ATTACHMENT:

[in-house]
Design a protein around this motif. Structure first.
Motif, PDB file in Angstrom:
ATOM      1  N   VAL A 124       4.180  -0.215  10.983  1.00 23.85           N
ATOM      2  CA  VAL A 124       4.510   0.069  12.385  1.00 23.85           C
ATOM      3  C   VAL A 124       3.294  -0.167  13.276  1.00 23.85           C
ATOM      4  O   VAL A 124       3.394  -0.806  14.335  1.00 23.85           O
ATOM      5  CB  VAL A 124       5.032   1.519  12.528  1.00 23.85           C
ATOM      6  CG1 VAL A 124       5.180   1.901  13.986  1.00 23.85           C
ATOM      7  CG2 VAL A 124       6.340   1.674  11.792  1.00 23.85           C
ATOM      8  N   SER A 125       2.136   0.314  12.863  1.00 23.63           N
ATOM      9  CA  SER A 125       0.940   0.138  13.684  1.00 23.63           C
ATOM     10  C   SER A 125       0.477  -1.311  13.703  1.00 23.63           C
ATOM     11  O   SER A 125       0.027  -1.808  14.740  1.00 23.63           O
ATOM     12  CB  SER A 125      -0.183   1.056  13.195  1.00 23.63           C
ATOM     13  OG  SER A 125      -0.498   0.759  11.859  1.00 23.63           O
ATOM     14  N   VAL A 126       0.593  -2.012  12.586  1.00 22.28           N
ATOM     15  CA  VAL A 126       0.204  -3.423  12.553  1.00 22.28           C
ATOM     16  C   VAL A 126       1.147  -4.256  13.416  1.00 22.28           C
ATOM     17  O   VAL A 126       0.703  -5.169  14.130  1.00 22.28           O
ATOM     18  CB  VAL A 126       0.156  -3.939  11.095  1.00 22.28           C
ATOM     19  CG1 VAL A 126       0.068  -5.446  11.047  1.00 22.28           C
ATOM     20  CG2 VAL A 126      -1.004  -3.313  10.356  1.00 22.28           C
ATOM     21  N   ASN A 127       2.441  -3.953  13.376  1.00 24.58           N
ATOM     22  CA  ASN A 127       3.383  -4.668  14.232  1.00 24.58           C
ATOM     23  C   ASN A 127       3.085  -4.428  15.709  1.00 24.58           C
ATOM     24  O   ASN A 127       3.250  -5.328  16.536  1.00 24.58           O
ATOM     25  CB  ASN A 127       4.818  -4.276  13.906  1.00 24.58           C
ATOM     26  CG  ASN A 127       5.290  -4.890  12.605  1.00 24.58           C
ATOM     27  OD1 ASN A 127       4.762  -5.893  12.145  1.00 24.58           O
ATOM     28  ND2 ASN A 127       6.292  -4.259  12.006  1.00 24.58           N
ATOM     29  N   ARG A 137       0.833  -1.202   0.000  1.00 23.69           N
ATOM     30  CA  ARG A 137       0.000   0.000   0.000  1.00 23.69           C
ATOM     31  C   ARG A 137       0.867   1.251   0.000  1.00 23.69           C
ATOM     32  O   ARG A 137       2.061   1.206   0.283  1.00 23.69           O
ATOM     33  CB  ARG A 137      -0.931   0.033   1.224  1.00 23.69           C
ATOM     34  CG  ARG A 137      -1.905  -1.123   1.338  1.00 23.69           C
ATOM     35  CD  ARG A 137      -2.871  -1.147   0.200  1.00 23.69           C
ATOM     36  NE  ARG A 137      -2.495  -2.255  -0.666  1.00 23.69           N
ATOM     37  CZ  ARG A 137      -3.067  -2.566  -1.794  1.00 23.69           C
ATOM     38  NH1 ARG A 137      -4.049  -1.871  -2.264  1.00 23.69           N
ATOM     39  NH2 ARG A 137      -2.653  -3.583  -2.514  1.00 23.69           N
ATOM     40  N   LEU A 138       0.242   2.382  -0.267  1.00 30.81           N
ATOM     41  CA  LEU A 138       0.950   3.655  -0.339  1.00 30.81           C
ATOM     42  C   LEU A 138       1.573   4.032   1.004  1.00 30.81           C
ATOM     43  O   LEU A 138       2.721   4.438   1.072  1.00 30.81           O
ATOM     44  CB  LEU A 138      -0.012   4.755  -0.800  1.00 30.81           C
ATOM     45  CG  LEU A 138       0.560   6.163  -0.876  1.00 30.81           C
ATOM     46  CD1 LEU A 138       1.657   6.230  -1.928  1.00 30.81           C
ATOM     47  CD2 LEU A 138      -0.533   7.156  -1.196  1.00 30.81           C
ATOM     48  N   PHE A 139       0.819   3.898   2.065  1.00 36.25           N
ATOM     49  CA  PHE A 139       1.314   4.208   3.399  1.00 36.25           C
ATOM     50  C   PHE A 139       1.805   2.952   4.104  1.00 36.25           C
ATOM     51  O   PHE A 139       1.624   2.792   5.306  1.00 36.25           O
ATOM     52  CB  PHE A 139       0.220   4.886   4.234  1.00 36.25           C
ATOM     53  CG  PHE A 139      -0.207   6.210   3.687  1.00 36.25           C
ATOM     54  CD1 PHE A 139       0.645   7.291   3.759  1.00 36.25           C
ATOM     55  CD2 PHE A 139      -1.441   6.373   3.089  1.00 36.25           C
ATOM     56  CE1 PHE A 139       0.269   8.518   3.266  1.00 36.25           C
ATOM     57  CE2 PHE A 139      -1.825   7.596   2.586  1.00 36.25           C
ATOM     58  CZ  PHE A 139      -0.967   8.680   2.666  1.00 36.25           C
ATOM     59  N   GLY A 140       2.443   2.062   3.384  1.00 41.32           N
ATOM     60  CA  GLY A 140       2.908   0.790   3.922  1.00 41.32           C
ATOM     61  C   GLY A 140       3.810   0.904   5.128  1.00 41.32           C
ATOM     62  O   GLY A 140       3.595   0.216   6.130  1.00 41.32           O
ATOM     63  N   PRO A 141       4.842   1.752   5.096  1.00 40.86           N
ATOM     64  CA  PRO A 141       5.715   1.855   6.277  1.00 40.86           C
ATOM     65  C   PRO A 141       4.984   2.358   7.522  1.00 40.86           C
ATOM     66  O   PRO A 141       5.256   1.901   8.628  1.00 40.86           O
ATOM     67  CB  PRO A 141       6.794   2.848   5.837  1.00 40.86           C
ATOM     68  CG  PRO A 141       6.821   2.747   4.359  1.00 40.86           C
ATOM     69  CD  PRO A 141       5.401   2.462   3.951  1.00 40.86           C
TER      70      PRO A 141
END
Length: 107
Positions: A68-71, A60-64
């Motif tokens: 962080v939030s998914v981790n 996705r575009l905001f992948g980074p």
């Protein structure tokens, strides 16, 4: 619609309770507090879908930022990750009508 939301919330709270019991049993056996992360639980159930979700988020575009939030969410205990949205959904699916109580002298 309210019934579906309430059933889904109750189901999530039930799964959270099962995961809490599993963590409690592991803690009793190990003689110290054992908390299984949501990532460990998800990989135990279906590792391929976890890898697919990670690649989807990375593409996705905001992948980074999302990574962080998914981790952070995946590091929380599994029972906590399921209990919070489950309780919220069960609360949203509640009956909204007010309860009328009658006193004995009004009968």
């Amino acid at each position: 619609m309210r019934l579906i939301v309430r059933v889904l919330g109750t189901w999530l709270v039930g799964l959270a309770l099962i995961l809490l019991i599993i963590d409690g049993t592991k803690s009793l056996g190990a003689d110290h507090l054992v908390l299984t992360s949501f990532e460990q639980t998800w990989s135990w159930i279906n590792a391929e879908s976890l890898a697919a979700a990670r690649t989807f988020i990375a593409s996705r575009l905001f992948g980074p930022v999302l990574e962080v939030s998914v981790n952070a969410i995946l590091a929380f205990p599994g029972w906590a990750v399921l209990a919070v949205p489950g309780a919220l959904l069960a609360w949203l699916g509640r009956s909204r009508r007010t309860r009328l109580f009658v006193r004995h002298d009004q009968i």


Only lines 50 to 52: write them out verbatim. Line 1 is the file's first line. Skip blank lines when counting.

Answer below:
ATOM     47  CD2 LEU A 138      -0.533   7.156  -1.196  1.00 30.81           C
ATOM     48  N   PHE A 139       0.819   3.898   2.065  1.00 36.25           N
ATOM     49  CA  PHE A 139       1.314   4.208   3.399  1.00 36.25           C